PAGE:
5 mins with… Sophie Rowe from Hillsborough Bookshop

We caught up with Sophie Rowe, founder and owner of Hillsborough Bookshop, to talk about the experience of opening her first shop…

Hi Sophie. What inspired you to open your own bookshop?

There’s a real power in stories, and that’s something I wanted to share with my community. Feeling seen in a book is absolute magic, and to have the opportunity to create that space in my local area was my real driver.

Although you could argue it’s the worst possible time to try with the cost of living crisis and real uncertainty in the landscape, especially for small and new businesses, I am one for a challenge.

With my background and studies focusing on writing for children [Sophie holds a BA in Creative Writing and a masters in Writing for Young People], I’ve always felt very passionate about getting families reading and enjoying stories together.

Our free daily Storytime is my absolute favourite part of the day because it really makes the bookshop come alive. I’ve had parents who’ve met at Storytime become good friends and meet up regularly together with their children, and that to me is what it’s all about.

How did you get started?

The bookshop began as a tiny seed of an idea, which I planted in the form of two Billy bookcases into a shop on the high street [Annie Jude’s] to see how my books would sell. They did really well and gave me a real boost to think that one day I could actually have my very own shop on Middlewood Road.

I had my eye on number 89 for a while – a very traditional looking shop, with two floors and a classic bookshop feel – it even has the dreamy spiral staircase. When it came up for rent for the first time in 20+ years, it was a sure sign to me that now was the time to create this community hub on the high street and grow my idea into a reality.

Why did you decide to start in Hillsborough?

I’ve lived in Hillsborough since 2019 and since then it’s just got better and better. There is a real community of independents, which gave me such confidence in choosing to open the bookshop here.

Not only is the high street a constant hive of activity, but the other shops are so supportive of each other. Seeing people enjoying the high street is absolutely brilliant – so many people, all supporting their local independent shops.

We don’t want to compete with the big names, and the perk of being a much smaller shop with a curated selection means we don’t need to do so directly. Instead, we’re good at looking at our community and working with them to stock our shelves.

The bookshop deliberately specialises in a range of diverse, representative books because the aim has always been to make sure everyone in the community feels seen through the books I sell. That’s the USP.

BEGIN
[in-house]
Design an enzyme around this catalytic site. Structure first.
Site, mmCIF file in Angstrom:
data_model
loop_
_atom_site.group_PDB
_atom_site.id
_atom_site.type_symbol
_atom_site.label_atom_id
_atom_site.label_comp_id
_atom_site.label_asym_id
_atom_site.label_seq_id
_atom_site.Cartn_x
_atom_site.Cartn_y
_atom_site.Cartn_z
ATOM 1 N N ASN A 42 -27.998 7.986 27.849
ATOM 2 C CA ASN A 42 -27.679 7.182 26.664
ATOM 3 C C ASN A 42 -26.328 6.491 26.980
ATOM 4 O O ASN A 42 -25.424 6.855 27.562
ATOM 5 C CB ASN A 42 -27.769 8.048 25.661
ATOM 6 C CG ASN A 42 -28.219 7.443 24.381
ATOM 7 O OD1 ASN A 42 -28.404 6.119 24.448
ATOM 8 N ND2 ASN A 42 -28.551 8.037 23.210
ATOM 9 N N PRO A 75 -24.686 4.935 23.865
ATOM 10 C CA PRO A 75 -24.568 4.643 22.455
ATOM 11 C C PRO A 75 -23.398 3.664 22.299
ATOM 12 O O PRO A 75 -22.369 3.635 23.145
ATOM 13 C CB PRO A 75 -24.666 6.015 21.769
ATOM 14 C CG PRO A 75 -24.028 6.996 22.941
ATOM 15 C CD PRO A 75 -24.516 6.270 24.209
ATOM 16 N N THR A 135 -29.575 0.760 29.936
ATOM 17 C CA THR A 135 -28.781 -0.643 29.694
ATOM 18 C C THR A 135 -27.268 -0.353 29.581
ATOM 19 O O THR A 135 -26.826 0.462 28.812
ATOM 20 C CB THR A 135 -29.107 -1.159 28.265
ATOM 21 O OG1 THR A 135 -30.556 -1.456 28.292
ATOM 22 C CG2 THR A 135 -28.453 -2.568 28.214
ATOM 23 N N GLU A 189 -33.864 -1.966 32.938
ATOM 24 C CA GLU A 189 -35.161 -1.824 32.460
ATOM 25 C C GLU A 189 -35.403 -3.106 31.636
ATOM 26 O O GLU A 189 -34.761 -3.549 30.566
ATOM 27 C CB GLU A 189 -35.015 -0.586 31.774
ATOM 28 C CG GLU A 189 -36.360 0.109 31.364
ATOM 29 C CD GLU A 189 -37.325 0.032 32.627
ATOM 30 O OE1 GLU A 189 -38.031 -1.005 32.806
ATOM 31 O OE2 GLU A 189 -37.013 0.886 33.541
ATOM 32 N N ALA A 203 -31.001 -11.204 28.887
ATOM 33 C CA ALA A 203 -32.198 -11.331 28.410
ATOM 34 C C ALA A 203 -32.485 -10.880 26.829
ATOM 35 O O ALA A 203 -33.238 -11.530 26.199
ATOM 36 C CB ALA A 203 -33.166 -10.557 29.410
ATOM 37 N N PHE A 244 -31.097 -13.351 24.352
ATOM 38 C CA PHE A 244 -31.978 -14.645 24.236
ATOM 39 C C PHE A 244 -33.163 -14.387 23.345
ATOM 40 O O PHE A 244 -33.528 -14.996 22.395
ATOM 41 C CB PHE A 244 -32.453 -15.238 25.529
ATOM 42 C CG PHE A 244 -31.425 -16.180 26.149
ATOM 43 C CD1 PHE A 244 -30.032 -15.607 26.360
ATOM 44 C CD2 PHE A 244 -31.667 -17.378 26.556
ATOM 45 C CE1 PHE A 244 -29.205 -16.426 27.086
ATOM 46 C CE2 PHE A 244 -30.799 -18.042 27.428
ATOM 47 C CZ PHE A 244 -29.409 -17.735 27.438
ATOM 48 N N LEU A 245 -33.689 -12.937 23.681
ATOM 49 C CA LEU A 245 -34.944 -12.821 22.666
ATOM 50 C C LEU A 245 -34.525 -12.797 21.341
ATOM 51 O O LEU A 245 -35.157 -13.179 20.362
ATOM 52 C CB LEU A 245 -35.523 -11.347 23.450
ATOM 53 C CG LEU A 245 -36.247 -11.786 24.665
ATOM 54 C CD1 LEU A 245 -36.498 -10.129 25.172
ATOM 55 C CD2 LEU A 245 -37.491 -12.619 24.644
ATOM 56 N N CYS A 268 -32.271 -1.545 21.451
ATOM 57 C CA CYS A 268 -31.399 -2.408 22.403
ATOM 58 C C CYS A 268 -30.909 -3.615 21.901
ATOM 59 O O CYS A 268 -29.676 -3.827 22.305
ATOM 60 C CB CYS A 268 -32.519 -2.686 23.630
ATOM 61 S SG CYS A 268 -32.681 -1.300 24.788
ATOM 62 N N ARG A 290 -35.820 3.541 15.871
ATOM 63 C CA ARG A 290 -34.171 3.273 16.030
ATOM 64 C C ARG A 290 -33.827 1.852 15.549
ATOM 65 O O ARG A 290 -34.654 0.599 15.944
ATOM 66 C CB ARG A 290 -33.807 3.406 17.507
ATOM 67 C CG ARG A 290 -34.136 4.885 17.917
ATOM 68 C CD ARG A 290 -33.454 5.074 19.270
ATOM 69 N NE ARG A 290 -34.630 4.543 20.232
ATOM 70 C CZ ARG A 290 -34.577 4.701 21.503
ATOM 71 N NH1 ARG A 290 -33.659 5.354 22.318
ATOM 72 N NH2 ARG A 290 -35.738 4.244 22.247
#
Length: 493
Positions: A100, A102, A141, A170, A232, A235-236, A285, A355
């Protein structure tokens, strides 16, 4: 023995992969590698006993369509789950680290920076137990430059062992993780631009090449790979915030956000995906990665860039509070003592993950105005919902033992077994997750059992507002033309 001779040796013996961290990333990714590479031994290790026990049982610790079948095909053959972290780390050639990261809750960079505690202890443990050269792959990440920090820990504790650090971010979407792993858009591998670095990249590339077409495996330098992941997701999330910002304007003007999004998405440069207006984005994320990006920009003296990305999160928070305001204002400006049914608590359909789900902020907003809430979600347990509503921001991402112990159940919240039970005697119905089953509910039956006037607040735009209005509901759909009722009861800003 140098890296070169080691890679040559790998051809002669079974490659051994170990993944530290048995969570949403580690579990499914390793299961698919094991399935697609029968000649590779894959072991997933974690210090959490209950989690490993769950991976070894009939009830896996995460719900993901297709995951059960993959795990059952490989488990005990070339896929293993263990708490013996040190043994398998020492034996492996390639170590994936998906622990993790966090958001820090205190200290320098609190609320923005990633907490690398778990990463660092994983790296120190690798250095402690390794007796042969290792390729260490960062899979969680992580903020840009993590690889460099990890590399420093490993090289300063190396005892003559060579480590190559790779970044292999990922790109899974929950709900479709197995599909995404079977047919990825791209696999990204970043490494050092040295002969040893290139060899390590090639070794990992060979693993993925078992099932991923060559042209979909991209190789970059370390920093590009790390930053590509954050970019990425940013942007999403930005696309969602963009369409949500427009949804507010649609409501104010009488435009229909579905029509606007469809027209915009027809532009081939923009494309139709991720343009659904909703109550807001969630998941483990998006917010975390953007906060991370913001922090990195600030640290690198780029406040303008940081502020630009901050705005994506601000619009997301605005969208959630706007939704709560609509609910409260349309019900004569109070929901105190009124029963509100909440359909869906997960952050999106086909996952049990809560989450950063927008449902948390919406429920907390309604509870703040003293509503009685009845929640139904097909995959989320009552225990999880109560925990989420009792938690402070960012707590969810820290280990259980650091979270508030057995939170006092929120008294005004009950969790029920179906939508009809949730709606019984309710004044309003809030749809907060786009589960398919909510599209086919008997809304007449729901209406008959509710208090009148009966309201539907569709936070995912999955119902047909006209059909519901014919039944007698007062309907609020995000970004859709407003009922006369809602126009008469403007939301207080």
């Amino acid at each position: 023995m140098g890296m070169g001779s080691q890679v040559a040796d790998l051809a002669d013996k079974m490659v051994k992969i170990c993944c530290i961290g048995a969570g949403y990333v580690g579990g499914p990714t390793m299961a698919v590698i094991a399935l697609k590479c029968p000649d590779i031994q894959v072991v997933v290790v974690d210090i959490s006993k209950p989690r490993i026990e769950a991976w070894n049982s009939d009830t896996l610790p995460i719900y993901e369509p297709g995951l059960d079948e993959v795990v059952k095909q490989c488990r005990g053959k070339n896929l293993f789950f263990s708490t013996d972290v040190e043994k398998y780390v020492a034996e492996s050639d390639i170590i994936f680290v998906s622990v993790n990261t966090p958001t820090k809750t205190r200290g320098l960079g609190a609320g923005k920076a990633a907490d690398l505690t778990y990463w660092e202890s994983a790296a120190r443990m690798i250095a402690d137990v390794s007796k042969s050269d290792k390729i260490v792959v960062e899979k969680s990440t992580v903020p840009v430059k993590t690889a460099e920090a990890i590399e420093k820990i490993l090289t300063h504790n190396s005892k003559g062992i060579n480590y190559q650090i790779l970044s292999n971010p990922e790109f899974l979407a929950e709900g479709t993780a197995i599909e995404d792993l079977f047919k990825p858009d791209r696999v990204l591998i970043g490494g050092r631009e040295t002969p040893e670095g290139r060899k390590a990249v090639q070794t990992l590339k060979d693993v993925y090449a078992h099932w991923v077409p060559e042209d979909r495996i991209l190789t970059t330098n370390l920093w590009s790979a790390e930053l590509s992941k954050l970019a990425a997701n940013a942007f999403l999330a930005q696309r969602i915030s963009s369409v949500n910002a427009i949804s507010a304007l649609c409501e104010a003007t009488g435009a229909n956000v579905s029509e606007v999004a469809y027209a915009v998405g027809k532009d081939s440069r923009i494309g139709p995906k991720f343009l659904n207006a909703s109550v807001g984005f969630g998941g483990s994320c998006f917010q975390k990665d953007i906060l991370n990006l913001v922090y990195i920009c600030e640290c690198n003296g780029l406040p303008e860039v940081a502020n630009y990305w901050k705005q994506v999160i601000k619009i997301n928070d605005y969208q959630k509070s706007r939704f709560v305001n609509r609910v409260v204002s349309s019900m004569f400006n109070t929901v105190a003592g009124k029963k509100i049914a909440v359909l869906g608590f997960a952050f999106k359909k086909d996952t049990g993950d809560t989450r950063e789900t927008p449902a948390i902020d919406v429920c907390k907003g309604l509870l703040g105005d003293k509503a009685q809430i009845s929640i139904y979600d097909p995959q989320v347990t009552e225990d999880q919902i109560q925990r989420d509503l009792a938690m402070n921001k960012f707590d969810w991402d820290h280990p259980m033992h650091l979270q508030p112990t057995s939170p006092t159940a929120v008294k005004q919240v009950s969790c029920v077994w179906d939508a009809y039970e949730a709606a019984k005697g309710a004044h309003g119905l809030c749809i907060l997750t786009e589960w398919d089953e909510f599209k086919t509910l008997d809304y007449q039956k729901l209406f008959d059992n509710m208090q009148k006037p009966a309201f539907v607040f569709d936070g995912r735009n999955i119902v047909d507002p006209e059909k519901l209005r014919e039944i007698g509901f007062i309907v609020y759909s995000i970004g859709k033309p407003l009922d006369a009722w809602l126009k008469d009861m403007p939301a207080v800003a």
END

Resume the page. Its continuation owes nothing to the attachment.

It can sometimes be tough setting out on your own – how have you found the experience so far?

It’s probably both the hardest and easiest thing I’ve ever done. The easiest because I know my own mind, and once I’m set on something it’s very rare that I don’t go at it 100 per cent, which is why the bookshop is now a staple on the high street.

But the hardest too because of the realities that come with running a small business on your own. I know lots of people who dream of opening a bookshop, but the reality is far from how you imagine. I don’t sit and read books all day sadly – I’d absolutely love to, but instead I’m using my jack-of-all-trades experience working my many jobs to try and do this one very well.

I’ve had to sacrifice a lot, especially initially, but I’m of the belief that you will get out a lot more than you put in, so I feel it’s more than worth it.

I’ve already got a bunch of regulars who come in and support the shop, I’m taking sales both from the shop and online and also really value feedback and input from customers – it’s always lovely to hear that people love the shop, but I also love it when someone tells me I should be doing something I’m not and I’m like, yeah, why am I not doing that?

What are your plans for the future of the shop?

The shop space we have means there’s plenty of scope to grow as business continues. Currently we have books on our ground floor, with a selection of children’s fiction and nonfiction along with a smaller adult section. The long-term aim is to move into the upstairs space too, stocking a full adult section and creating a room which can be used for events and our Book Clubs, but also a space for local community groups and schools to use.

I’m working hard at the moment to build relationships with local schools, get a consistent calendar of author and illustrator events going, and maintain our adult Book Clubs, which we now have three of!

Head to Hillsborough Bookshop’s socials for more info.

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